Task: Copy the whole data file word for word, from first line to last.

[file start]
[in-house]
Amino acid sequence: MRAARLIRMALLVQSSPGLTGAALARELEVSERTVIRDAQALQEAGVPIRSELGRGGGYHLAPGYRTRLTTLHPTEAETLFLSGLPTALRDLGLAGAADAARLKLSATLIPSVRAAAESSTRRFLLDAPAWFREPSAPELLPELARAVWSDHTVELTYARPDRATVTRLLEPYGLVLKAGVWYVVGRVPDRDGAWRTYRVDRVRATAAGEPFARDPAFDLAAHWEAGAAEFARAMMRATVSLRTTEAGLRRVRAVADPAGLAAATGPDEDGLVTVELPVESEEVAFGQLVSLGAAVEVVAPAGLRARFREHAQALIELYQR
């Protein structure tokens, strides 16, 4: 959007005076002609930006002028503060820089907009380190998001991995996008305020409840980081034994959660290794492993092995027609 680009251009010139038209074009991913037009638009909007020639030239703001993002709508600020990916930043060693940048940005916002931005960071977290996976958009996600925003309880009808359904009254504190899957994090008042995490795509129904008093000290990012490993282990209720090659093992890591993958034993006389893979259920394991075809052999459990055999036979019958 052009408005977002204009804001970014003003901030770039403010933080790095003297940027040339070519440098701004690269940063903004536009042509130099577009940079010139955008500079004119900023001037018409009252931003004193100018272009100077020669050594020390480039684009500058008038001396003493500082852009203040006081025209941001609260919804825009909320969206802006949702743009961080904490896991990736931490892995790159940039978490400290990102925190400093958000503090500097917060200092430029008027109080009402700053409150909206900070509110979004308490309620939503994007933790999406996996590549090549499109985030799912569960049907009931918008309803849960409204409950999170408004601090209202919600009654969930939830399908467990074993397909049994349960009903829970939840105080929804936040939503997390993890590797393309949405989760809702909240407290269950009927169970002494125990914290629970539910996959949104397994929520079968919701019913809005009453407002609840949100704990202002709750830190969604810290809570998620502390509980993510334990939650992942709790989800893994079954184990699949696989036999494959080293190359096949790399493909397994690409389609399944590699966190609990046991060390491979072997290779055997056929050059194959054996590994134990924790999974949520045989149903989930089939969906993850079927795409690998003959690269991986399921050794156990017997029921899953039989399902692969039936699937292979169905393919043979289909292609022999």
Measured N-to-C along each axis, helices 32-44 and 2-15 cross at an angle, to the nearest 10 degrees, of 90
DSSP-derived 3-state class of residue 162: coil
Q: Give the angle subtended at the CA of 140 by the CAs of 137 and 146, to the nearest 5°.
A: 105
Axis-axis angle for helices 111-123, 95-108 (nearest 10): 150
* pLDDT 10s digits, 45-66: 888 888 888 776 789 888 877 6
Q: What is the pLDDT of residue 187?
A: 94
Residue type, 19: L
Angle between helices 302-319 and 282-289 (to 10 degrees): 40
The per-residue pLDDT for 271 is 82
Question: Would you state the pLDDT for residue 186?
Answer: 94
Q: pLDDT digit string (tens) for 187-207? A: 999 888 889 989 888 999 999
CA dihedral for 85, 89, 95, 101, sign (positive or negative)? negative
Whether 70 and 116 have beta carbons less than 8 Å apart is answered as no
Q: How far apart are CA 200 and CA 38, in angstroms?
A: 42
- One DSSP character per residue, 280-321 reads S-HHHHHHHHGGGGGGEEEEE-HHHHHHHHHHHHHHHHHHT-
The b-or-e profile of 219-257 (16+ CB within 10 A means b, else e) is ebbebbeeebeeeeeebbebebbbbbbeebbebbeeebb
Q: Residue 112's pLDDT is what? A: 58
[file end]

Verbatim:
[in-house]
Amino acid sequence: MRAARLIRMALLVQSSPGLTGAALARELEVSERTVIRDAQALQEAGVPIRSELGRGGGYHLAPGYRTRLTTLHPTEAETLFLSGLPTALRDLGLAGAADAARLKLSATLIPSVRAAAESSTRRFLLDAPAWFREPSAPELLPELARAVWSDHTVELTYARPDRATVTRLLEPYGLVLKAGVWYVVGRVPDRDGAWRTYRVDRVRATAAGEPFARDPAFDLAAHWEAGAAEFARAMMRATVSLRTTEAGLRRVRAVADPAGLAAATGPDEDGLVTVELPVESEEVAFGQLVSLGAAVEVVAPAGLRARFREHAQALIELYQR
């Protein structure tokens, strides 16, 4: 959007005076002609930006002028503060820089907009380190998001991995996008305020409840980081034994959660290794492993092995027609 680009251009010139038209074009991913037009638009909007020639030239703001993002709508600020990916930043060693940048940005916002931005960071977290996976958009996600925003309880009808359904009254504190899957994090008042995490795509129904008093000290990012490993282990209720090659093992890591993958034993006389893979259920394991075809052999459990055999036979019958 052009408005977002204009804001970014003003901030770039403010933080790095003297940027040339070519440098701004690269940063903004536009042509130099577009940079010139955008500079004119900023001037018409009252931003004193100018272009100077020669050594020390480039684009500058008038001396003493500082852009203040006081025209941001609260919804825009909320969206802006949702743009961080904490896991990736931490892995790159940039978490400290990102925190400093958000503090500097917060200092430029008027109080009402700053409150909206900070509110979004308490309620939503994007933790999406996996590549090549499109985030799912569960049907009931918008309803849960409204409950999170408004601090209202919600009654969930939830399908467990074993397909049994349960009903829970939840105080929804936040939503997390993890590797393309949405989760809702909240407290269950009927169970002494125990914290629970539910996959949104397994929520079968919701019913809005009453407002609840949100704990202002709750830190969604810290809570998620502390509980993510334990939650992942709790989800893994079954184990699949696989036999494959080293190359096949790399493909397994690409389609399944590699966190609990046991060390491979072997290779055997056929050059194959054996590994134990924790999974949520045989149903989930089939969906993850079927795409690998003959690269991986399921050794156990017997029921899953039989399902692969039936699937292979169905393919043979289909292609022999």
Measured N-to-C along each axis, helices 32-44 and 2-15 cross at an angle, to the nearest 10 degrees, of 90
DSSP-derived 3-state class of residue 162: coil
Q: Give the angle subtended at the CA of 140 by the CAs of 137 and 146, to the nearest 5°.
A: 105
Axis-axis angle for helices 111-123, 95-108 (nearest 10): 150
* pLDDT 10s digits, 45-66: 888 888 888 776 789 888 877 6
Q: What is the pLDDT of residue 187?
A: 94
Residue type, 19: L
Angle between helices 302-319 and 282-289 (to 10 degrees): 40
The per-residue pLDDT for 271 is 82
Question: Would you state the pLDDT for residue 186?
Answer: 94
Q: pLDDT digit string (tens) for 187-207? A: 999 888 889 989 888 999 999
CA dihedral for 85, 89, 95, 101, sign (positive or negative)? negative
Whether 70 and 116 have beta carbons less than 8 Å apart is answered as no
Q: How far apart are CA 200 and CA 38, in angstroms?
A: 42
- One DSSP character per residue, 280-321 reads S-HHHHHHHHGGGGGGEEEEE-HHHHHHHHHHHHHHHHHHT-
The b-or-e profile of 219-257 (16+ CB within 10 A means b, else e) is ebbebbeeebeeeeeebbebebbbbbbeebbebbeeebb
Q: Residue 112's pLDDT is what? A: 58